A Revolutionary Nation

Published: 2019-05-29 09:49:38
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Raphael successfully brings out the excited and complicated life of early Americans who contributed in the war of independence. He further demonstrates how different types of people from the blacks, whites, slaves and workers made the revolution their struggle. According to Raphael, the struggle for independence did not start in 1775 but rather in the previous summer caused by Patriots who forced royal appointees to quit forcefully from their offices. The common people participation in the American Revolution is not given the required attention as it is supposed to, and Raphael brings out the activities and events that ordinary people took part in that give them the privilege of sharing the limelight as far as recognition is concerned.

I agree with Raphael when he says that the participation of common people like farmers, women and African Americans participated in revolutionary activities during and after the war. Raphael gives evidence when he notes that the Independence wall now known as the State House was not the only venue for America Revolutions. Most of the Eighteenth Century saw Philadelphian people who used their hands to earn a living get involved in fighting for independence. These people rose against both their local hierarchies and the British oppression as they looked for better sorts. A good example was the printers who used the newspaper to plan resistance.

A much as there were differences amongst the citizens, men met in taverns in Philadelphia where they put their customary differences and opt to drink together. As they drank, these men made dozens of toasts that encouraged each participant to take part in a rebellion. The meetings offered the right location to plan mass meetings. There are several ways that common people took part in the American Revolution as they looked for equality. In December 1773, approximately 8000 people ensured that tea brought in from abroad was not allowed to anchor and offload the Tea in support of the Boston Tea Party (Raphael, 2002). When the people heard about the Lexington and Concord event, they decided to support the protection of lives and property in April 1775. In 1776 as the common people went to Statehouse yard to hear the declaration speech, some went further and tore the Kings arm and in celebration rang bells and lit bonfires.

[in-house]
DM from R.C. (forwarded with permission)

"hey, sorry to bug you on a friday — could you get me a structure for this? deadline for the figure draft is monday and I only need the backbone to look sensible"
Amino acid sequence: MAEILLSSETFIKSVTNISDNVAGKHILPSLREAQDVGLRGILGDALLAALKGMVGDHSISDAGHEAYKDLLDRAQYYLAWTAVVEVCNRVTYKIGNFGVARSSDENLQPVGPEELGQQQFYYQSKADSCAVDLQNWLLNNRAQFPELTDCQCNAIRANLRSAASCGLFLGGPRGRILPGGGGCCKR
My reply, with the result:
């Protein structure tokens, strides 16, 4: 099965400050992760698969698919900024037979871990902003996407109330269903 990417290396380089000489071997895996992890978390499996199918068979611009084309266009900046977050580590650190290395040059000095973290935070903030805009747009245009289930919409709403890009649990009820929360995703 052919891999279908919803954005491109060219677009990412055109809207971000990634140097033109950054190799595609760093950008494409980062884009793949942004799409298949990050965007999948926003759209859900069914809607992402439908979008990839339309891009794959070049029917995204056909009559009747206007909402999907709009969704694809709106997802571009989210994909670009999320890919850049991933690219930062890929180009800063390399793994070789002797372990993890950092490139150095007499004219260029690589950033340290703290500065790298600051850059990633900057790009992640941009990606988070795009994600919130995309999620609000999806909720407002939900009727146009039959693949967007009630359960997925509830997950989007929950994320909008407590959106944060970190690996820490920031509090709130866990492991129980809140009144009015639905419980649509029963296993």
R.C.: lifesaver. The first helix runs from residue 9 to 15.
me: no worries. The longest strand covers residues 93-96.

In 1876, there was a celebration of the revolution that took place in Philadelphia however there was not a single speaker who acknowledged the participation of the African Americans in the war. The African Americans were active in the American Revolution as they refused to be bystanders. According to Nash (2006) the African Americans preferred to show loyalty and offer assistance to the side that seemed to offer a good deal as far as their freedom was concerned. In 1775, there were at least 15 African American soldiers who some were slaves who took part in the fight against the British at Bunker Hill and Lexington (Anderson, 2004). Their involvement, however, did not guarantee an end to slavery, but the declaration of independence promised liberty to all men regardless of their race. Later in 1777 there were states that came up with laws that encouraged white owners to give up their slaves who could take part in the army. The owners would be compensated for their losses. As much as the legislators, lawyers and other lawmakers are given credit for the eventual success of the American Revolution, most common people played a vital role in the success of the war.

References

Anderson, D. (2004). Lexington and Concord, April 19, 1775. New York: Enchanted Lion Books.

Raphael, R. (2002). The first American revolution: Before Lexington and Concord. New York: New Press.

Davenport, J. (2007). The American Revolution. Detroit: Lucent Books.

Nash, G. B. (2006). The forgotten fifth: African Americans in the age of revolution. Cambridge, MA: Harvard University Press.

sheldon

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